The federal funds rate is the interest rate at which banks borrow reserves from one another. A low federal funds rate implies expansionary monetary policy by the Federal Reserve; a low interest rate environment for businesses and consumers; and relatively high inflation. Low interest rate environments stimulate aggregate demand and employment.

Banks must sometimes borrow reserves from other banks on a short-term basis to meet reserve requirements. The interest on these borrowings, the federal funds rate, is highly influential because it indirectly impacts interest rates for businesses and consumers throughout the economy. The rate is determined by the supply of money, which is controlled by the Federal Reserve (the Fed). The Fed seeks to establish macroeconomic stability through monetary policy, acting in accordance with the congressional mandate to facilitate maximum employment, stable prices and moderate long-term interest rates.

A low federal funds rate indicates expansionary monetary policy and occurs in a relatively high inflation period. To enact monetary policy, the Fed typically engages in open market operations, sets the federal discount rate or sets the reserve requirement. Open market operations, the purchase and sale of government bonds and other securities, is the most commonly used tool by the Fed. The Federal Open Market Committee, or FOMC, conducts these transactions to achieve a targeted money supply.

Under expansionary policy, the FOMC purchases government securities, which increases the supply of money circulating in the economy and ensures a functioning banking system. Higher money supply leads to higher inflation, pushing down the federal funds rate. A low federal funds rate can also be achieved if the Fed sets a lower discount rate. If banks are able to borrow funds from the central government at a lower interest rate, the rate at which banks can borrow reserves from one another is also lower. The Fed can also change the reserve requirements of banks, which affects the amount of cash banks must legally hold. By decreasing the reserve requirement, banks are able to loan out a larger proportion of their cash. This increases the money supply, leading to higher inflation and a lower federal funds rate.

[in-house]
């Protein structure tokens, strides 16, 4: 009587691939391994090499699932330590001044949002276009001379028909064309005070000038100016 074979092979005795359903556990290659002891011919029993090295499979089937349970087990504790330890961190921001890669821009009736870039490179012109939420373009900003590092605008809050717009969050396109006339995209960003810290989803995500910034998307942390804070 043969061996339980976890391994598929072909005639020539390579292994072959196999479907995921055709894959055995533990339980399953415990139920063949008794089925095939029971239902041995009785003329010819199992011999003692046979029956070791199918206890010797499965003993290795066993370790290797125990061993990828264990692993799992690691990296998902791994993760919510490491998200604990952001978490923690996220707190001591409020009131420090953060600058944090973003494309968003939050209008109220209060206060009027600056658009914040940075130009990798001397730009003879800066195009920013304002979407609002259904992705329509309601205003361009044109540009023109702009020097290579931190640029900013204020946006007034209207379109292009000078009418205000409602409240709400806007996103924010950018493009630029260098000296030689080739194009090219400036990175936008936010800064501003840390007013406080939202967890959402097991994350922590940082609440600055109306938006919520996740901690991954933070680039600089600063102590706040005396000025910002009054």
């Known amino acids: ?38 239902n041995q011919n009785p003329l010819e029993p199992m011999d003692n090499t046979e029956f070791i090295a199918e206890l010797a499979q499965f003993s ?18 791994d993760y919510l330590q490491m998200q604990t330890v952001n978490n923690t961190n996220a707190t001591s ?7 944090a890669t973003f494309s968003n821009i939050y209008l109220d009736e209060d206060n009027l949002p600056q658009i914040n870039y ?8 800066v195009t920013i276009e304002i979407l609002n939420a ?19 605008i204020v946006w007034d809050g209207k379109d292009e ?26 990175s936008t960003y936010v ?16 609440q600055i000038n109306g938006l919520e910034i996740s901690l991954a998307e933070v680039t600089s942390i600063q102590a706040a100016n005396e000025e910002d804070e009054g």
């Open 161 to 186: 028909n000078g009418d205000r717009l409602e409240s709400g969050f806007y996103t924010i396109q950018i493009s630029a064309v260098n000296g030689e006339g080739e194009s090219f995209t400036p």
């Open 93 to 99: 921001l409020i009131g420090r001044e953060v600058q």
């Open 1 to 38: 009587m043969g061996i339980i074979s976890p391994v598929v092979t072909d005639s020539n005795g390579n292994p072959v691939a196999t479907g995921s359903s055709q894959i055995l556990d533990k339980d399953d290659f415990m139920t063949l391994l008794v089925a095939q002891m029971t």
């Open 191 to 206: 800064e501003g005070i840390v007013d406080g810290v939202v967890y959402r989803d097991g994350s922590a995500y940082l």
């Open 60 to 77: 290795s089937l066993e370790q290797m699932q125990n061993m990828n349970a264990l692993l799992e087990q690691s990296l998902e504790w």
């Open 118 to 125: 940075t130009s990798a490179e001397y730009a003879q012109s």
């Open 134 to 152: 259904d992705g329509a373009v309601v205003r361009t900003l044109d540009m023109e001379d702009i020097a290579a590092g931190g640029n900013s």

An example of expansionary Fed policy in action is the three rounds of quantitative easing announced in November 2008, November 2010 and September 2012, respectively. According to St. Louis Federal Reserve Economic Data, the effective federal funds rate was 4.76% in October 2008, dropping to 0.16% in July 2009. This was due to the FOMC's decision to engage in a large government security purchasing program, enacting expansionary monetary policy.

In an environment with high inflation and low interest rates, it becomes relatively more expensive to save and relatively less expensive to consume. Banks that borrow funds at low interest rates can pass lower cost of debt on to consumers who have mortgages, auto loans or credit cards. In a lower interest rate environment, businesses are more likely to undertake capital investments such as expansion of facilities or machinery, both of which stimulate employment. The lower cost of debt to businesses also encourages expansion and keeps them from behaving too conservatively in times of weak aggregate demand.

  1. What are some different kinds of expansionary policy?

    Learn the most popular types of expansionary policy used by the federal government and the Federal Reserve to increase the ... Read Answer >>
  2. What are some examples of expansionary monetary policy?

    Learn about expansionary monetary policy and how central banks use discount rates, reserve ratios and purchases of securities ... Read Answer >>
  3. What are the implications of a high Federal Funds Rate?

    Learn the implications of a high federal funds rate, which include constriction of the money supply, a stronger dollar and ... Read Answer >>
  4. When was the last time the Federal Reserve hiked interest rates?

    Learn about when the U.S. Federal Reserve last increased the federal funds target rate, which was in June 2006 after the ... Read Answer >>
  5. How are interest rates related to open market operations?

    Learn about open market operations and how this monetary policy tool impacts interest rates. Find out how the Fed combats ... Read Answer >>
  6. How does the Federal Reserve's set discount rate affect my personal finances?

    Discover how the Federal Reserve implements its chosen monetary policy through its discount rates, and how these actions ... Read Answer >>
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